If the impressive exteriors were not enough, City Hall offers free guided tours of its interiors. Needless to say, I jumped on the occasion! These are on a first come, first served basis. Show up at the reception desk well in advance to register. There are only 3 tours/day and the last one starts at 3pm.
On the tour you’ll discover pillars made of very rare marble, Italian Renaissance style chandeliers and the portraits of the Lord Mayors who took up the top job along the centuries. Your expert guide will lead through different chambers recounting the history of the building and sharing amusing anecdotes. You’ll sit on the wooden benches of the Council Chamber before entering the great hall featuring a remarkable curved ceiling and colourful stained-glass windows.
Belfast city centre is your go-to place for shopping if you feel like changing your wardrobe. Along the city centre streets you’ll find countless shops and shopping centres with all your favourite high street brands, the main one being Victoria Square.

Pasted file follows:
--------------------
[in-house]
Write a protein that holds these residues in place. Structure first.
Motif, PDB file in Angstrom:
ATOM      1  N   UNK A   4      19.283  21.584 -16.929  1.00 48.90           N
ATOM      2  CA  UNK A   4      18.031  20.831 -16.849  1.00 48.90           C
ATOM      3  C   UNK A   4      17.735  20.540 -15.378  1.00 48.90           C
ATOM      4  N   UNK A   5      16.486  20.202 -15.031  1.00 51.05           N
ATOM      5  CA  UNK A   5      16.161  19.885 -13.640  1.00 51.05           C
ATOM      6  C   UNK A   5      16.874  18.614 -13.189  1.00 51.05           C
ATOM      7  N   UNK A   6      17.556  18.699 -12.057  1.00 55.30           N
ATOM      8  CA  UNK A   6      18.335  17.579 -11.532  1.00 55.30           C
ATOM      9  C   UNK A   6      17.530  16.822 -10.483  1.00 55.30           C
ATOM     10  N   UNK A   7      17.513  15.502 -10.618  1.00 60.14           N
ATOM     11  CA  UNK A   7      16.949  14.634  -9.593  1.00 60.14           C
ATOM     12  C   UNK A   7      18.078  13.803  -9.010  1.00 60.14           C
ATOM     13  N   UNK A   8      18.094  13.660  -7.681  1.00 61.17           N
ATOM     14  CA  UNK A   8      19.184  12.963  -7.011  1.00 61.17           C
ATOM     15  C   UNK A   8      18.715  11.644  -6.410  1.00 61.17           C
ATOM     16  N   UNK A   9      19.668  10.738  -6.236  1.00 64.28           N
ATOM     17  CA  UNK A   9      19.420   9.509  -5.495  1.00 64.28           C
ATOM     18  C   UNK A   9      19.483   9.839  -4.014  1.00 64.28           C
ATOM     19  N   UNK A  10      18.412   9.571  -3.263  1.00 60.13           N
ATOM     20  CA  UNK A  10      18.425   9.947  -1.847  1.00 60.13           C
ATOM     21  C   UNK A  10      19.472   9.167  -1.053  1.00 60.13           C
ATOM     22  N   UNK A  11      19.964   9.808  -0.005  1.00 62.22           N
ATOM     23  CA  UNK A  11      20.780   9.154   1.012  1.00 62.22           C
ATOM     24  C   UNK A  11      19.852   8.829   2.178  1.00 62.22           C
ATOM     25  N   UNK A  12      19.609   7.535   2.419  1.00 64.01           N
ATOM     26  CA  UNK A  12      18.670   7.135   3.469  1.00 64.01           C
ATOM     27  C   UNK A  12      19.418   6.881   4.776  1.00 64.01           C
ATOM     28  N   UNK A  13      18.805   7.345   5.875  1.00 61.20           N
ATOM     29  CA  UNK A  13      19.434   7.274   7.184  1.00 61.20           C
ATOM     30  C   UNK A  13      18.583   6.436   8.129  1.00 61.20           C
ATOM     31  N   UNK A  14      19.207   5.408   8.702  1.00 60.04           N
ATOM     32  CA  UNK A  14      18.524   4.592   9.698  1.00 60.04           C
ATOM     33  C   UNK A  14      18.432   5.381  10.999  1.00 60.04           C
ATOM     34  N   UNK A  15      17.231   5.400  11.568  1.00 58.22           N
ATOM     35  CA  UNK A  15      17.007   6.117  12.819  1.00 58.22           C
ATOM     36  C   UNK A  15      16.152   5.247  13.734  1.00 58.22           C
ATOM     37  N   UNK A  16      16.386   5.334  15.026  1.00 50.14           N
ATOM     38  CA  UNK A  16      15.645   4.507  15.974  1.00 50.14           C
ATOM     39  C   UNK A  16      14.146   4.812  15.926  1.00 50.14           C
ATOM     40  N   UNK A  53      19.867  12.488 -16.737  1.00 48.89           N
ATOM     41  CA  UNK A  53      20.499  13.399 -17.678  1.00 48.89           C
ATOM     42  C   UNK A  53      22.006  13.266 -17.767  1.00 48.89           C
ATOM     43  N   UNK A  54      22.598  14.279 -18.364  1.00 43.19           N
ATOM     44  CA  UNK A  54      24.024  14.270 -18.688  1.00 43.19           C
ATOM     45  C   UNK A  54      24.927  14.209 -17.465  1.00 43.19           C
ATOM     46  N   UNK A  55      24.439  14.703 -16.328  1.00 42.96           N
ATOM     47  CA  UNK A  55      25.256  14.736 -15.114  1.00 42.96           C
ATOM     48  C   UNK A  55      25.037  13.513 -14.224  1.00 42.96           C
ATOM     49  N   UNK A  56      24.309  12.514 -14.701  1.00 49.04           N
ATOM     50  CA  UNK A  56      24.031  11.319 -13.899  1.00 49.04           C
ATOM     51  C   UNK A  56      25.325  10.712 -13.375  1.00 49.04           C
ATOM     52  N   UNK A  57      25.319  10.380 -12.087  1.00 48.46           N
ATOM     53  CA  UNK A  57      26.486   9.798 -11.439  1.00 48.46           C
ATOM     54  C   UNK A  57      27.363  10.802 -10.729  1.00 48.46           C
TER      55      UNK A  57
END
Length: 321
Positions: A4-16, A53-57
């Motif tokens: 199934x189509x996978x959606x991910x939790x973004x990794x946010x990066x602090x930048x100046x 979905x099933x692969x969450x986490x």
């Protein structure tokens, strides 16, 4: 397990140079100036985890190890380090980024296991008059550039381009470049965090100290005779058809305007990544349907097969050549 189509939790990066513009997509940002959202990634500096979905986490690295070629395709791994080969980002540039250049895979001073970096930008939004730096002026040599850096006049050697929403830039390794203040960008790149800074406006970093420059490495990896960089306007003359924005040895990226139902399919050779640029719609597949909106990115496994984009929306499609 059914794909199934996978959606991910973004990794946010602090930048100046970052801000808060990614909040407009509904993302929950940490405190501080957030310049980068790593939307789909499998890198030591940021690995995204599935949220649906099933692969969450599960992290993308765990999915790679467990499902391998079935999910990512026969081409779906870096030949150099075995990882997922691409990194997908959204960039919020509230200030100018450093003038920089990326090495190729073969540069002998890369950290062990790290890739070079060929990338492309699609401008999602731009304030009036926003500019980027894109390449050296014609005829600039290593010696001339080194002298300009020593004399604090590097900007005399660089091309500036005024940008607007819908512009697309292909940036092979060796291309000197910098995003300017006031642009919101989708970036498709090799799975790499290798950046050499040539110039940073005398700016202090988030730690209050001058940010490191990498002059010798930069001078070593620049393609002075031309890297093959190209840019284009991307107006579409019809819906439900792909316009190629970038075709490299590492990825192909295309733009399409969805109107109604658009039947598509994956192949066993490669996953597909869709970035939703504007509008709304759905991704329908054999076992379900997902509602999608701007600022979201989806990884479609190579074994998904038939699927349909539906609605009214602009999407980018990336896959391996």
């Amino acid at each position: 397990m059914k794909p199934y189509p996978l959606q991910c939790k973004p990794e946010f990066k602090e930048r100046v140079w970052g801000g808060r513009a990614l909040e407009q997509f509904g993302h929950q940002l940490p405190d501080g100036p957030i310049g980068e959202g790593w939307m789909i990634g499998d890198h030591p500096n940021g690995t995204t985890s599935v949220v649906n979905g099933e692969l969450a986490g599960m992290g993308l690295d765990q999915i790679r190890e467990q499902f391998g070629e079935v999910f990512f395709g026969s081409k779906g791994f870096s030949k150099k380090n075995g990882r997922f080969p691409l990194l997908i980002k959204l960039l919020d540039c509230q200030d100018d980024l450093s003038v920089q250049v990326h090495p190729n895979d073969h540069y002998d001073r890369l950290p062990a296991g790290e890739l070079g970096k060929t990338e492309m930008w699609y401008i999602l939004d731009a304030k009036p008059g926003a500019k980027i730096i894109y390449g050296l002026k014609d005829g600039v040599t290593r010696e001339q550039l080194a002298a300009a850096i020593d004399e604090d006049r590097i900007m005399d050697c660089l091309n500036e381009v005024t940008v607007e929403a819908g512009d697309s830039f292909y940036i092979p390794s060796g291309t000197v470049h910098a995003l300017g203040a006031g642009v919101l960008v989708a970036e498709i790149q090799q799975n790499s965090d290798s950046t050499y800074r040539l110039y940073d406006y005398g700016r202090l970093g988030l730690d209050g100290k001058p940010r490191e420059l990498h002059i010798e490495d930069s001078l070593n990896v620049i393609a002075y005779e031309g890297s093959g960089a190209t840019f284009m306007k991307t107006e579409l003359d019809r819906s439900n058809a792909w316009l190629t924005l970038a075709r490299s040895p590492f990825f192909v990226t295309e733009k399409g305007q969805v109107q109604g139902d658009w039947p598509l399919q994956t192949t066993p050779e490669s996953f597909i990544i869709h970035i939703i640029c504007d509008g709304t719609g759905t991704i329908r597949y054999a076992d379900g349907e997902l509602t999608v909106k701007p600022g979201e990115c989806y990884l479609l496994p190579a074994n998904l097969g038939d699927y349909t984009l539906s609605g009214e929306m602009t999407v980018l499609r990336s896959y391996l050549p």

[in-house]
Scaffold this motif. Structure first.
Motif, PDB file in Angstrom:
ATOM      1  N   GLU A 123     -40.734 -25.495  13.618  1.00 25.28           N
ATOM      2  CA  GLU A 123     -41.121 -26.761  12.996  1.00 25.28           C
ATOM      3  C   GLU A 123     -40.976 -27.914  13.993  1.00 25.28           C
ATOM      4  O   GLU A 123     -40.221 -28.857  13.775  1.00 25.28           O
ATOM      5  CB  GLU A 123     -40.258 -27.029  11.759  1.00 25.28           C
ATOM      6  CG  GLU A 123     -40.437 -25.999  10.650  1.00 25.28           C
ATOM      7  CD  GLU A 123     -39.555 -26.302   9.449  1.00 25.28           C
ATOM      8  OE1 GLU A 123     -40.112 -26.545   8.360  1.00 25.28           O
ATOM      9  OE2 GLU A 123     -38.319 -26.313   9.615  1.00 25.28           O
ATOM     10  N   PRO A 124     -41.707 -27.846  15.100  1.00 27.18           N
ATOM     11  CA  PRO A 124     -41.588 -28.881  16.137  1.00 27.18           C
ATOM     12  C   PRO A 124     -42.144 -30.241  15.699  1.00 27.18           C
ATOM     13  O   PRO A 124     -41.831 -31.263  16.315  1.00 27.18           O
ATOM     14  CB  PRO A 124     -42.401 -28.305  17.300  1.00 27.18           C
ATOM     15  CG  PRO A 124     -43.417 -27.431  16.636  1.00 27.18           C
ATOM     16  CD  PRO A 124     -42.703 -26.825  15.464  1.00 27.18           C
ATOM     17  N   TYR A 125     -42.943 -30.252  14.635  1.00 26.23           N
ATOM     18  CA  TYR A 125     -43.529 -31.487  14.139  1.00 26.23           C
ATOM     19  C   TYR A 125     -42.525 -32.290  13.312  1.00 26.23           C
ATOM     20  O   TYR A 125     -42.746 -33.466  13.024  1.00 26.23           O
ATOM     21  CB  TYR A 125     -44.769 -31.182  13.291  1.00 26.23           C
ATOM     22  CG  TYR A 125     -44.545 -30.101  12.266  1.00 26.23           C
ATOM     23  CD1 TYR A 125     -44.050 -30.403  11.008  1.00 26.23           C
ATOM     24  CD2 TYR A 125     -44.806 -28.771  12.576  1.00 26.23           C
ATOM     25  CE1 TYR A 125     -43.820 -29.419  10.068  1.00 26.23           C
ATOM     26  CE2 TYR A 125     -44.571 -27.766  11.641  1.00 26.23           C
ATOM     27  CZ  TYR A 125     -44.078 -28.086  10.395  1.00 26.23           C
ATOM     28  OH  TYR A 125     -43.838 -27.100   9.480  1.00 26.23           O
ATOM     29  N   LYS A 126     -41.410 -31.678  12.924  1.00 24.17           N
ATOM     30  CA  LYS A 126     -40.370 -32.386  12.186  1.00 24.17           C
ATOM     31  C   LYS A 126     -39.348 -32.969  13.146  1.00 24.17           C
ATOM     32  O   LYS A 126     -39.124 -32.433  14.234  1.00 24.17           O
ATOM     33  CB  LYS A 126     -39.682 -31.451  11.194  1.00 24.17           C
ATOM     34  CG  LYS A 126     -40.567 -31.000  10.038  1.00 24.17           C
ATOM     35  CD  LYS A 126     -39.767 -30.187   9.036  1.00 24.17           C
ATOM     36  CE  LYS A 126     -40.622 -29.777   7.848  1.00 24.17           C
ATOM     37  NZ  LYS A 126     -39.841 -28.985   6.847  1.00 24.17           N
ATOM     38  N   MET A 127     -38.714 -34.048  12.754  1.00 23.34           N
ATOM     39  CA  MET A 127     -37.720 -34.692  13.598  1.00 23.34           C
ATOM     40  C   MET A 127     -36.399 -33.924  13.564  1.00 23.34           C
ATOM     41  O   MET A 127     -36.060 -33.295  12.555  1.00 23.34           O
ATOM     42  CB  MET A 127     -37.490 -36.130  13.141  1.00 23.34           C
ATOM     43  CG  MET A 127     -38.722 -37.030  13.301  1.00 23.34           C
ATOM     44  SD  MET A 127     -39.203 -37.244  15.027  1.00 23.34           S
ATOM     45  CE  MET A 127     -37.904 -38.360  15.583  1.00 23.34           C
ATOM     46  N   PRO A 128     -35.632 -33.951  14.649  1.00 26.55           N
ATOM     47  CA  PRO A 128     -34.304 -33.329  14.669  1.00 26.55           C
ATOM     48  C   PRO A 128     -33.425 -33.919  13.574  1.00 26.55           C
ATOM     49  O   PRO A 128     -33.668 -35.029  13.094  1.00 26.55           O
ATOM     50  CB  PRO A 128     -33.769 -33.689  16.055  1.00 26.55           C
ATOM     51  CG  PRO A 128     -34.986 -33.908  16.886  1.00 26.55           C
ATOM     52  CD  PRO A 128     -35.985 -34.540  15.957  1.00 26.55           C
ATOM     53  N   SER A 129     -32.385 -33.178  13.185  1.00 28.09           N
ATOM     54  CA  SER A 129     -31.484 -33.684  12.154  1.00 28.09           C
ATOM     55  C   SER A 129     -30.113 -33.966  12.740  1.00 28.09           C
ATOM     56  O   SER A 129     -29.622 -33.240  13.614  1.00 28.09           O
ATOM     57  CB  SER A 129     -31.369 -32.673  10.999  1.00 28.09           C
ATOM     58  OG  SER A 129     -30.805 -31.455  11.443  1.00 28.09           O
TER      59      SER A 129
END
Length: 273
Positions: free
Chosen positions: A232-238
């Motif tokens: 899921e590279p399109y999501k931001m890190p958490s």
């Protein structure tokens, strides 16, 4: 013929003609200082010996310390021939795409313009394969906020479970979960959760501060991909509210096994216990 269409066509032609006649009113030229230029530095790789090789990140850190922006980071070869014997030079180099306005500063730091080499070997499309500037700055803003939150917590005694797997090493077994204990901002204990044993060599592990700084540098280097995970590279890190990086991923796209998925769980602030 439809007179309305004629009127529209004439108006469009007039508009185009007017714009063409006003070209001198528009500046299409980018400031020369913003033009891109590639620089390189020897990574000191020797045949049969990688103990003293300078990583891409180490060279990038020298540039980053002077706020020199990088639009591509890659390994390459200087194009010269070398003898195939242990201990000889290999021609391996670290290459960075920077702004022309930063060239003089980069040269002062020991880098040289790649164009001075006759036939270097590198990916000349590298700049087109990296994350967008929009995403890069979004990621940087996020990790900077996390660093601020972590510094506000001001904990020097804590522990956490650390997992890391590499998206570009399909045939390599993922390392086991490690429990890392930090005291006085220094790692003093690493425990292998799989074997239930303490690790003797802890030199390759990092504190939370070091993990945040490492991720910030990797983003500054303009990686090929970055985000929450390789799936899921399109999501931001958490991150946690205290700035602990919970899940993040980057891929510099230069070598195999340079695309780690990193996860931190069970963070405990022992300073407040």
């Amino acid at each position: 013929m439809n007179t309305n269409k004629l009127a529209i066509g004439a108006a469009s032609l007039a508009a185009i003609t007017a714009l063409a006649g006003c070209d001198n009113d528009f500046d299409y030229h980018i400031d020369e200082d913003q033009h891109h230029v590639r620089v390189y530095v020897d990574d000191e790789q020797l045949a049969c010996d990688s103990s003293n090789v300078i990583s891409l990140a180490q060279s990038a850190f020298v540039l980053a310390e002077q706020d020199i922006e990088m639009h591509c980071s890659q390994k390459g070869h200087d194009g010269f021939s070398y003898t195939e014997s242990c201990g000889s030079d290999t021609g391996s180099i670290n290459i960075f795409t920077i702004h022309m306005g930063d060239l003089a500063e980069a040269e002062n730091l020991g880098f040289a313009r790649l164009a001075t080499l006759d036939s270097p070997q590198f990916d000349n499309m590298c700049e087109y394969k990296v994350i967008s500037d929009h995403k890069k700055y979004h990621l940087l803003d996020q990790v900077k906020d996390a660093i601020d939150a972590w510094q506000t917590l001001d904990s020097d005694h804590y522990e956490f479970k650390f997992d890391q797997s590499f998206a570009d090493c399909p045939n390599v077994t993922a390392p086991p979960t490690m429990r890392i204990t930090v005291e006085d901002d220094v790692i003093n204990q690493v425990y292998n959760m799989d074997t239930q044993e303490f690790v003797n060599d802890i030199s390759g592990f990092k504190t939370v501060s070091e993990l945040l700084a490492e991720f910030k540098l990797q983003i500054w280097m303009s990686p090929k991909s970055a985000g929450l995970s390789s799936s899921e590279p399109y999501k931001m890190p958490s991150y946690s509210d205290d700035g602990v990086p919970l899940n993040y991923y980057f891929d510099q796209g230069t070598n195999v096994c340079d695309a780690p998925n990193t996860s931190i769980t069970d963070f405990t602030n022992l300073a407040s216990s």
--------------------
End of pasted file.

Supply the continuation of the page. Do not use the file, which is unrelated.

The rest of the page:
Victoria Square shopping centre boasts nearly 100 shops and a cinema housed into a multi-storey building crowned by a massive glass dome. A lift will take you to the top floor just under the dome where you can enjoy the view over Belfast’s skyline for free.
EVENING - The Cathedral Quarter
As you head North towards Saint Anne’s Cathedral, you’ll soon reach one of my favourite parts of Belfast: the Cathedral Quarter. This neighbourhood is famous for the bars and restaurants lining its cobbled streets.
Dinner at Made in Belfast
What could be more suited for a trip to Belfast than having a meal at a place called Made in Belfast! Two things to know about this place. First, the products are locally and environmentally sourced. The food is actually amazing, one of the tastiest burgers I’ve ever had! Second, the quirky interior made from antiques and second hand furniture rescued from skips is fascinating. Sitting on my vintage chair, I couldn’t take my eyes off a life-sized red ostrich!
The Bars and Murals
As you stroll around the Cathedral Quarter’s cobbled streets, you may have a hard time picking a bar to unwind in after a long day of exploring. Maybe you’ll want to sit on the red benches of Commercial Court, the most instagrammable street of the Cathedral Quarter. Or you’ll prefer to enjoy Irish music and the great beer garden of the Dirty Onion, one of Belfast’s oldest buildings.
While you’re making up your mind, keep an eye open for the colourful and humoristic murals painted all around the neighbourhood.
48 Hours In Belfast - Day 2
It’s going to be a busy morning so head out early after a quick breakfast at your hotel.
MORNING - The Titanic Quarter
A visit to Belfast wouldn’t be complete without stopping by what is now a world-renowned attraction: the Titanic Museum.
How To Get To The Titanic Museum